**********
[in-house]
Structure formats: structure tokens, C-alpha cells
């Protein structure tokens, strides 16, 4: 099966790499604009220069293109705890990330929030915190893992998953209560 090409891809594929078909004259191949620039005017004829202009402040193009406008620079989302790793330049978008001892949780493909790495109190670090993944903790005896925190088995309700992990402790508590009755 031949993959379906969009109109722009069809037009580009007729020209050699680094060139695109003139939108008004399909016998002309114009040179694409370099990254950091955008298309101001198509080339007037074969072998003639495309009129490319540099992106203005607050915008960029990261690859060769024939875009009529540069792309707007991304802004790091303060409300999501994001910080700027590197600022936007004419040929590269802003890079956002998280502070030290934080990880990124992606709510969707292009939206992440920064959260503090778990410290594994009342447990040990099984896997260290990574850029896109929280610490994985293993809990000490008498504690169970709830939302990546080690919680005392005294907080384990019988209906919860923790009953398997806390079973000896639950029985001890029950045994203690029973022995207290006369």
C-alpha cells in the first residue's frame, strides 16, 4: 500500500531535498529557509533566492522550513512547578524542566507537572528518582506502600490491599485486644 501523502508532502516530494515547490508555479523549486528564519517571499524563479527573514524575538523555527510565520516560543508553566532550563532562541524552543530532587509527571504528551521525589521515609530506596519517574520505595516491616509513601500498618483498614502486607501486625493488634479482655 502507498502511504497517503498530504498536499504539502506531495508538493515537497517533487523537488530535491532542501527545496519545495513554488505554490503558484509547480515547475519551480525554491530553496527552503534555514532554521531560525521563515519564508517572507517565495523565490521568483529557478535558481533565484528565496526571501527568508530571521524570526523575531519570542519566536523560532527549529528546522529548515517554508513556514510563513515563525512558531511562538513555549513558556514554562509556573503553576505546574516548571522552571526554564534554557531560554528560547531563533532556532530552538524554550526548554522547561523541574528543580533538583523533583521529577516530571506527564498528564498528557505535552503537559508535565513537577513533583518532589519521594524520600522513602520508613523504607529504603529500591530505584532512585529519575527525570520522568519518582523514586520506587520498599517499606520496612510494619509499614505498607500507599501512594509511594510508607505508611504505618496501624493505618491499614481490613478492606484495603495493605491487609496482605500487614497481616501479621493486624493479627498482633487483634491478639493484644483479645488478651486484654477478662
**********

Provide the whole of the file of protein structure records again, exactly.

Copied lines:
[in-house]
Structure formats: structure tokens, C-alpha cells
């Protein structure tokens, strides 16, 4: 099966790499604009220069293109705890990330929030915190893992998953209560 090409891809594929078909004259191949620039005017004829202009402040193009406008620079989302790793330049978008001892949780493909790495109190670090993944903790005896925190088995309700992990402790508590009755 031949993959379906969009109109722009069809037009580009007729020209050699680094060139695109003139939108008004399909016998002309114009040179694409370099990254950091955008298309101001198509080339007037074969072998003639495309009129490319540099992106203005607050915008960029990261690859060769024939875009009529540069792309707007991304802004790091303060409300999501994001910080700027590197600022936007004419040929590269802003890079956002998280502070030290934080990880990124992606709510969707292009939206992440920064959260503090778990410290594994009342447990040990099984896997260290990574850029896109929280610490994985293993809990000490008498504690169970709830939302990546080690919680005392005294907080384990019988209906919860923790009953398997806390079973000896639950029985001890029950045994203690029973022995207290006369």
C-alpha cells in the first residue's frame, strides 16, 4: 500500500531535498529557509533566492522550513512547578524542566507537572528518582506502600490491599485486644 501523502508532502516530494515547490508555479523549486528564519517571499524563479527573514524575538523555527510565520516560543508553566532550563532562541524552543530532587509527571504528551521525589521515609530506596519517574520505595516491616509513601500498618483498614502486607501486625493488634479482655 502507498502511504497517503498530504498536499504539502506531495508538493515537497517533487523537488530535491532542501527545496519545495513554488505554490503558484509547480515547475519551480525554491530553496527552503534555514532554521531560525521563515519564508517572507517565495523565490521568483529557478535558481533565484528565496526571501527568508530571521524570526523575531519570542519566536523560532527549529528546522529548515517554508513556514510563513515563525512558531511562538513555549513558556514554562509556573503553576505546574516548571522552571526554564534554557531560554528560547531563533532556532530552538524554550526548554522547561523541574528543580533538583523533583521529577516530571506527564498528564498528557505535552503537559508535565513537577513533583518532589519521594524520600522513602520508613523504607529504603529500591530505584532512585529519575527525570520522568519518582523514586520506587520498599517499606520496612510494619509499614505498607500507599501512594509511594510508607505508611504505618496501624493505618491499614481490613478492606484495603495493605491487609496482605500487614497481616501479621493486624493479627498482633487483634491478639493484644483479645488478651486484654477478662